So, I arrived at the author's dinner last night (there are free dinners for the authors every night, by the way... last night was at Il Fornello... I know, I know... a hard life) only to find one open seat at the long main table. I immediately knew why no one is sitting in it. In the next seat over sat Ildefonso Falcones, the bestselling Spanish novelist who, uncomfortably, knows very little English. He was perched on the end of the table and no one was talking to him.
I have seen him a number of times over the last few days, and he has always been alone and seemingly lonely. So I sat down next to him. He smiled and shook my hand. Then we proceeded to speak not a word for the next hour or so.
The reason Ildefonso and I spoke not a word is because the next person to introduce herself was Francine Prose. I almost burst out laughing when she said her name. Back when I was anxiously waiting to hear back from publishers about my first book, I worked at a small bookstore called Another Story in west Toronto. Every time a wanna-be author came into the store (and this was Roncesvalles, so there were at least three a day), I would force them to buy Prose's gorgeous little book Reading Like a Writer. I must have sold 50 copies the first month it came out (this was a small indie bookstore, so 50 sales is a lot). And when no one was in the store (again, this happened on occasion), I would pick the book up and reverently leaf through it.
I am a massive fan of Prose's non-fiction, a lot of which appears regularly in Harper's, and the fact that I was about to have dinner with her and talk, perhaps, of politics and writing and life, was thrilling to me. Local author Nathan Whitlock was directly across from me, and I could tell he was thrilled as well (keep in mind, Francine was sitting next to beloved-by-Oprah Anita Shreve, and on my other side sat Pulitzer Prize-winner Richard Russo... the company was, well, very good).
So we talked. Francine spoke of ridiculous American high-school reading lists, her gynocologist's son who is a budding novelist, visiting the White House two weeks ago and confronting Laura Bush. And the whole time, Ildefonso sat there silently beside me - my subconscious Catalan, fomenting rebellion at the edge of the table - as I struggled to hold up my end of the conversation. The more wine I drank, the more relaxed I became. But then I made the mistake of actually turning to look at Ildefonso. He smiled at me wisely, deeply, a Barcelonan gargoyle, ridiculing me with his silent gaze, cursing me for thinking I could ever speak the same language as Francine Prose.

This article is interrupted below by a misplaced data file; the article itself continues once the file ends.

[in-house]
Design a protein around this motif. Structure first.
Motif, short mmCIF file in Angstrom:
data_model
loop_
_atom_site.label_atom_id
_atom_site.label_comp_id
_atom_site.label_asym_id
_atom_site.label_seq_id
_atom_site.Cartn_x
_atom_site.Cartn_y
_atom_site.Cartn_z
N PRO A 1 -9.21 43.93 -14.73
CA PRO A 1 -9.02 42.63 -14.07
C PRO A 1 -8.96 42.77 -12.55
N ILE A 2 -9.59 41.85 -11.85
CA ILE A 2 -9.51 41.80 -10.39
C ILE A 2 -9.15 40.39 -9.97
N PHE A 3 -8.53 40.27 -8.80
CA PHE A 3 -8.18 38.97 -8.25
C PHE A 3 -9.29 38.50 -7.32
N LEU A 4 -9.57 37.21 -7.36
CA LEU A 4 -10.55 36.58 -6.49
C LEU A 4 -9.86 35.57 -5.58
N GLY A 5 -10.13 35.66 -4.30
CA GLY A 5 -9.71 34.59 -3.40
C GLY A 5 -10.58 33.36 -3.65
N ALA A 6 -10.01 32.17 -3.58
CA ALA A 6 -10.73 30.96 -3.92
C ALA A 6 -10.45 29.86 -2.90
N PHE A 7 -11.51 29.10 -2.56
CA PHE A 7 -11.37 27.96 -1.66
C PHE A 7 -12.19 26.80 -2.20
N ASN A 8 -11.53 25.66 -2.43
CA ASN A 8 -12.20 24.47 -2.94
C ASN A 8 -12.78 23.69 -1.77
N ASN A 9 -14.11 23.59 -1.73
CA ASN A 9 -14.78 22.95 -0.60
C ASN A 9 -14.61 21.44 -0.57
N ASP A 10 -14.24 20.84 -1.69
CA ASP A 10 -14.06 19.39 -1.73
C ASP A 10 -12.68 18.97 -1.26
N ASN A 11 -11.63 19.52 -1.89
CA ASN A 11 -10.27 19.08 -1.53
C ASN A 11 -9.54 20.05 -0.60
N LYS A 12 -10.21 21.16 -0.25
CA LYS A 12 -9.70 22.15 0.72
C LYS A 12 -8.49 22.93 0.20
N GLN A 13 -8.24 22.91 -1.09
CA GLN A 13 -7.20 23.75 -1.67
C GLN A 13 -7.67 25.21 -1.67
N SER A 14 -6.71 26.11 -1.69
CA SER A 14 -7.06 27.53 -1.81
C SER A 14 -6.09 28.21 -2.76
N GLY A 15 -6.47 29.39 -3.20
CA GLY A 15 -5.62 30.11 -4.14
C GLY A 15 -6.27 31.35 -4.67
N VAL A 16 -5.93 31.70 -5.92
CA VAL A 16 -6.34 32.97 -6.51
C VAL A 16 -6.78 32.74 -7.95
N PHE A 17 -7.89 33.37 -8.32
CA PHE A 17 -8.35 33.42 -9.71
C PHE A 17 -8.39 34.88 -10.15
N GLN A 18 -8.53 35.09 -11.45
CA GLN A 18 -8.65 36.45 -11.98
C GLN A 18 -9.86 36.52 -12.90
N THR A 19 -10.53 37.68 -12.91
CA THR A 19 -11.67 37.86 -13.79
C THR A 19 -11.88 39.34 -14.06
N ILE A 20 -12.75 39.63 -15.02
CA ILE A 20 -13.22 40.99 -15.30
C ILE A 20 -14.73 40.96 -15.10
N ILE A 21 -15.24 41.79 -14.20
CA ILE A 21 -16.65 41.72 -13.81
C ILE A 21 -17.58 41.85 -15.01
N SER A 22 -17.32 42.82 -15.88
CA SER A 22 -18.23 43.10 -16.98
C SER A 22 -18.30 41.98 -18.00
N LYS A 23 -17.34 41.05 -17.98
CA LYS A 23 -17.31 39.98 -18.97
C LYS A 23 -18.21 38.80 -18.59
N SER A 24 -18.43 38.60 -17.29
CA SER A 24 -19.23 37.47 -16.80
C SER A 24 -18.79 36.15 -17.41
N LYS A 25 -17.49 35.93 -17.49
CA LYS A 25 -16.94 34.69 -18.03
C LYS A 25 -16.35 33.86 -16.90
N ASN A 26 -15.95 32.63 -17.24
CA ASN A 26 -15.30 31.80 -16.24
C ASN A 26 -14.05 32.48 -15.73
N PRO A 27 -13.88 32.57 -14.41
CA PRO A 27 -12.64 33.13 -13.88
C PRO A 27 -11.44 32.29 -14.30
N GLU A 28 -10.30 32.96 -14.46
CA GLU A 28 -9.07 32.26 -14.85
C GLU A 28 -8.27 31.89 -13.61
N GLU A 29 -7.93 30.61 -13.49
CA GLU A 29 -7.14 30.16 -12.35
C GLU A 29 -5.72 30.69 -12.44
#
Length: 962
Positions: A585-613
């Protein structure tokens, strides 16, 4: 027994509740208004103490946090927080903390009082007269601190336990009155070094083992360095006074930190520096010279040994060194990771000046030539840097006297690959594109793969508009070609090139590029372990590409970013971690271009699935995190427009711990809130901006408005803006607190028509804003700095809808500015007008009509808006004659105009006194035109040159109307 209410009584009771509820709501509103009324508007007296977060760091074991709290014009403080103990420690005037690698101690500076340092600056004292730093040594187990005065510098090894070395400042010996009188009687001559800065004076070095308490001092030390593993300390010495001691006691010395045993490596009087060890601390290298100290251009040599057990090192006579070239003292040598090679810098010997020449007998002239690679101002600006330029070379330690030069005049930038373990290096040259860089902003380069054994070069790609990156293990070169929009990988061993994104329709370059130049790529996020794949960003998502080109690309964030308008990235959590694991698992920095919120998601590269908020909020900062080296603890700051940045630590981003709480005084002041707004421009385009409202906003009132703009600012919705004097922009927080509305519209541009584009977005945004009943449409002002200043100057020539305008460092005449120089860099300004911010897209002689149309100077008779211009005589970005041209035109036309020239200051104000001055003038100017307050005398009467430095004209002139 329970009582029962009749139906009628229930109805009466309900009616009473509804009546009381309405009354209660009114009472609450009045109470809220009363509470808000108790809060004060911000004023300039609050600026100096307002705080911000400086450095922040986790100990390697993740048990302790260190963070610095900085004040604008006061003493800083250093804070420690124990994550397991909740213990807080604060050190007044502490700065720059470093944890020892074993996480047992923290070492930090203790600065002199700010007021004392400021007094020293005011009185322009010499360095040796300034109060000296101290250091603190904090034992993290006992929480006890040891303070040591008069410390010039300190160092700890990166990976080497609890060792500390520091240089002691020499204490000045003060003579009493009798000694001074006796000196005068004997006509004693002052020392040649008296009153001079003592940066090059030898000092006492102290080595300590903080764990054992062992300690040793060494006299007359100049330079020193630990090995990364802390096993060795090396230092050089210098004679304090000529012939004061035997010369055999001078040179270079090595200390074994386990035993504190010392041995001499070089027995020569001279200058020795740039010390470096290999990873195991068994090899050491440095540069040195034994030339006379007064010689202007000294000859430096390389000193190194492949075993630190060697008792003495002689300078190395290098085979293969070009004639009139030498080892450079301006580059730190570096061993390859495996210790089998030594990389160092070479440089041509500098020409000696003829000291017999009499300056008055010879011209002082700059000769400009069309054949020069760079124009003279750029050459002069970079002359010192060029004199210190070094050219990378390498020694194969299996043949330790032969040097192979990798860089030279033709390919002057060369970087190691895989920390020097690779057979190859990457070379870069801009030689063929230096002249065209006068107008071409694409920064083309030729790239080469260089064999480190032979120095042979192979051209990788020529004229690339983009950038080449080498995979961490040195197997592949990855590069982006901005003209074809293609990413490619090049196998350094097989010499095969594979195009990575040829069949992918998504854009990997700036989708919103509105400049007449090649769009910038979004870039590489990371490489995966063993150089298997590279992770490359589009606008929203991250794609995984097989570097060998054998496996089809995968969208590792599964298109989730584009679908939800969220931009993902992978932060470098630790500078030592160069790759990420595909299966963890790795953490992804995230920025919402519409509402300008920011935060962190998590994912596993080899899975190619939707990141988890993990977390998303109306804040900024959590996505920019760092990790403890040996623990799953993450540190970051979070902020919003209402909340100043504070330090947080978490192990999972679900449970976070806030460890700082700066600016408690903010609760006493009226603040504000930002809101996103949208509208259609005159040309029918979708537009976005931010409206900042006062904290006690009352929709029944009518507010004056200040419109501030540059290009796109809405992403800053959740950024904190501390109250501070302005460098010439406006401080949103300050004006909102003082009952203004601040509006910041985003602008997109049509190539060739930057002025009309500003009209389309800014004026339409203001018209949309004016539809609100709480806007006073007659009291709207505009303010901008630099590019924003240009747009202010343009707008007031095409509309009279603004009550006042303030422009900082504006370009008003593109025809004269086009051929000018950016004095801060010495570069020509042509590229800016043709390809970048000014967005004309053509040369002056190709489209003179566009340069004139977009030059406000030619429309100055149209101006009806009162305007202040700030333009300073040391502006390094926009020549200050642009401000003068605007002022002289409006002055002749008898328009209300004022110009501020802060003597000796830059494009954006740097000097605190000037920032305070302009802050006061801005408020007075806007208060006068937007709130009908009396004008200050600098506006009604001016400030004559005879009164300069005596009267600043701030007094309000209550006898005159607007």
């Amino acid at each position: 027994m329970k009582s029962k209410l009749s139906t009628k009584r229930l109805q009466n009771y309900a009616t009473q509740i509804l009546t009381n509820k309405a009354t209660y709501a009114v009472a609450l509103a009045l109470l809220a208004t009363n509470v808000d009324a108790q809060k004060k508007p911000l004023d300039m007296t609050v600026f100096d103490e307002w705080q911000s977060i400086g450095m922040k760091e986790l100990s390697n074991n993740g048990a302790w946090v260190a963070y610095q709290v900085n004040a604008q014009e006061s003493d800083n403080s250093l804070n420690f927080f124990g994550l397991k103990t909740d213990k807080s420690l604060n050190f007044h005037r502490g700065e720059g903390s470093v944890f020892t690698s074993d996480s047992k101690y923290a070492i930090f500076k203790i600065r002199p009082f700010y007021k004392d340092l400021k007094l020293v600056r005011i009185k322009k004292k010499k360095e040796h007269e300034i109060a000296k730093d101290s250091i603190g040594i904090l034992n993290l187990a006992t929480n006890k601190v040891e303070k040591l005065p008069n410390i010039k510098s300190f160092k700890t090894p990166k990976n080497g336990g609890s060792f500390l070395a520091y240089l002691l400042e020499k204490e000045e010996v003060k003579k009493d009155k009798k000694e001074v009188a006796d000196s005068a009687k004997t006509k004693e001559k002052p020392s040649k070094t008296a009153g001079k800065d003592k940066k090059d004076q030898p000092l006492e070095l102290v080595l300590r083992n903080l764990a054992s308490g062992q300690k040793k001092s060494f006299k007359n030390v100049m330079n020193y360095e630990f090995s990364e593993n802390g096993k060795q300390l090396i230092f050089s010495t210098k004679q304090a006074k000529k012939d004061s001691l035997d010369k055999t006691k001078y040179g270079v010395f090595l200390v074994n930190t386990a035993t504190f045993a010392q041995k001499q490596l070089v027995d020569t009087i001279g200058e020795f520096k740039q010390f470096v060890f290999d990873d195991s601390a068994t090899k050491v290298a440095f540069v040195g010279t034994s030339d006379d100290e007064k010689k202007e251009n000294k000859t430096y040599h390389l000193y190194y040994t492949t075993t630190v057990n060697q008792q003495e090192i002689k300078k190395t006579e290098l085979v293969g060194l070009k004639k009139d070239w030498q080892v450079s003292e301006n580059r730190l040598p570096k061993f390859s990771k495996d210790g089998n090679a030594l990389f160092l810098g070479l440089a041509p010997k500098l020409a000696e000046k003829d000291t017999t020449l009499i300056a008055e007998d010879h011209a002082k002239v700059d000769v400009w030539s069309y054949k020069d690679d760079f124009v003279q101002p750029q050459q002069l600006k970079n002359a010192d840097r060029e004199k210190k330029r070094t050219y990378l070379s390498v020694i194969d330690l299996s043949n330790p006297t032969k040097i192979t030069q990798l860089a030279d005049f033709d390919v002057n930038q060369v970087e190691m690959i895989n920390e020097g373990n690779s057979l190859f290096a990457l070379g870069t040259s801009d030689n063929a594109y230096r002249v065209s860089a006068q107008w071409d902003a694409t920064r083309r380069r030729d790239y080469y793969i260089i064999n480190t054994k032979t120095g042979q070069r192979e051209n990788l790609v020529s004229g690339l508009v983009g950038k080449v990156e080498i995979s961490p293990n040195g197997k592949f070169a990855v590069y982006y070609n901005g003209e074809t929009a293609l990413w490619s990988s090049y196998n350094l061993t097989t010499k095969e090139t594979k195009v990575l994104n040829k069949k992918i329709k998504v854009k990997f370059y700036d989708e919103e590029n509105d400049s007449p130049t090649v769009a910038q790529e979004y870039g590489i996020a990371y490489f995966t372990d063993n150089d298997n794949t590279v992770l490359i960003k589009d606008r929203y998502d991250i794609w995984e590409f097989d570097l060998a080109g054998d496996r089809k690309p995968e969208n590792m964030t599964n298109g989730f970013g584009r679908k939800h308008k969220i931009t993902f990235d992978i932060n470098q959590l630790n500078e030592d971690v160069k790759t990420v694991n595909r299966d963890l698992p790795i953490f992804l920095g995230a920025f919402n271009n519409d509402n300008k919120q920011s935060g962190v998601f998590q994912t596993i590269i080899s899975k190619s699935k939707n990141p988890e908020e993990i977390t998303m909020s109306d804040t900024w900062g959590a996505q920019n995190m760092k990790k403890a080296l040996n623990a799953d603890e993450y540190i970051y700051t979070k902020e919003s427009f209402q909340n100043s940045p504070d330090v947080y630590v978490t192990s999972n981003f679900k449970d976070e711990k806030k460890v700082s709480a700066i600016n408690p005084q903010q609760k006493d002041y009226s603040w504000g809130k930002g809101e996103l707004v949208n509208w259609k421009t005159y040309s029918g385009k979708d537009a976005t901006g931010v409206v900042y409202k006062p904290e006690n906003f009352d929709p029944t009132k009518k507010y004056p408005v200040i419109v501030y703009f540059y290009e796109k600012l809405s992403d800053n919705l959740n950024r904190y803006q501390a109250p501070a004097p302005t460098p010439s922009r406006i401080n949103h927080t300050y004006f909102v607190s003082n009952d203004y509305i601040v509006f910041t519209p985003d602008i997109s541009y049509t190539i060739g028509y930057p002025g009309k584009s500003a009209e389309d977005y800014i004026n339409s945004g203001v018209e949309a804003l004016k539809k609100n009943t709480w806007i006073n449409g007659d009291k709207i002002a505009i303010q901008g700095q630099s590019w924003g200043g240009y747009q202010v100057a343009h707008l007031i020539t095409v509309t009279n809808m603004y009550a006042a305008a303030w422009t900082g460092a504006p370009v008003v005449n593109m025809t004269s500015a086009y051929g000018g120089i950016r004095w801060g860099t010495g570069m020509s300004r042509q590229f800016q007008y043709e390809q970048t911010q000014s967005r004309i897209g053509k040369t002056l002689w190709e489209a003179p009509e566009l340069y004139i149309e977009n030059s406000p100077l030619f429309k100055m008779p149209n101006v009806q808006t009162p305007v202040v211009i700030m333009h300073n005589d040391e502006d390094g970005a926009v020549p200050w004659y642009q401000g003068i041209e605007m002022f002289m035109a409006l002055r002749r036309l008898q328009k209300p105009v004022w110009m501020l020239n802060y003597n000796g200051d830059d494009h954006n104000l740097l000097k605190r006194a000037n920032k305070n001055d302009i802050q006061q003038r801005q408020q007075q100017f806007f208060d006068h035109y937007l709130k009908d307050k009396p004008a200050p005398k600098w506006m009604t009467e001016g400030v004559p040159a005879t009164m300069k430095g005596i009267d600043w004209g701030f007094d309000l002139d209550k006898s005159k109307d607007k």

I became tongue-tied. I watched Francine pick the pepperoni off her pizza while Whitlock spoke elegantly about activism, young readers, old books. Dessert arrived and I picked around the edges. I ordered a cappucino. I refilled my wine glass. And then Francine, Anita, Richard and Nathan were whisked off to their event, and the table was empty except for me and Ildefonso.
I turned to him and tried to smile. And surprise of surprises, he laughed, clapped me on the back, and pointed to the gorgeous blonde-haired waitress who was circling the room.
"Now there is a half-finished novel," he said quietly.
We spent the next half-hour talking about everything from fine wine to Barcelona F.C., and the real reasons Ronaldinho lost his edge on the pitch ("too much money, of course... too much money will ruin anyone"). Ildefonso Falcones is one of the friendliest souls I've met so far at IFOA. I am now off to buy his book.
A fantastic moment, following closely by a terrible one:
Saw my book in the festival bookstore! First time I've ever seen it on the shelf! And then some mere citizen picked up the book beside it, rested this lesser book atop mine, and begin reading! Ugh. A knife to the chest. A kick to the *@#%. I'm staying away from the bookstore from now on.
Quotes of Day Three:
"I had a Laura Bush moment two weeks ago."
- Francine Prose
"I'm so happy to see you care so much for America's children. If only you cared as much for the children of Iraq."
- what Francine Prose said to Laura Bush two weeks ago at the White House.
"He's my gynocologist's son. Isn't that a conflict of interest?"
- yup, you guessed it.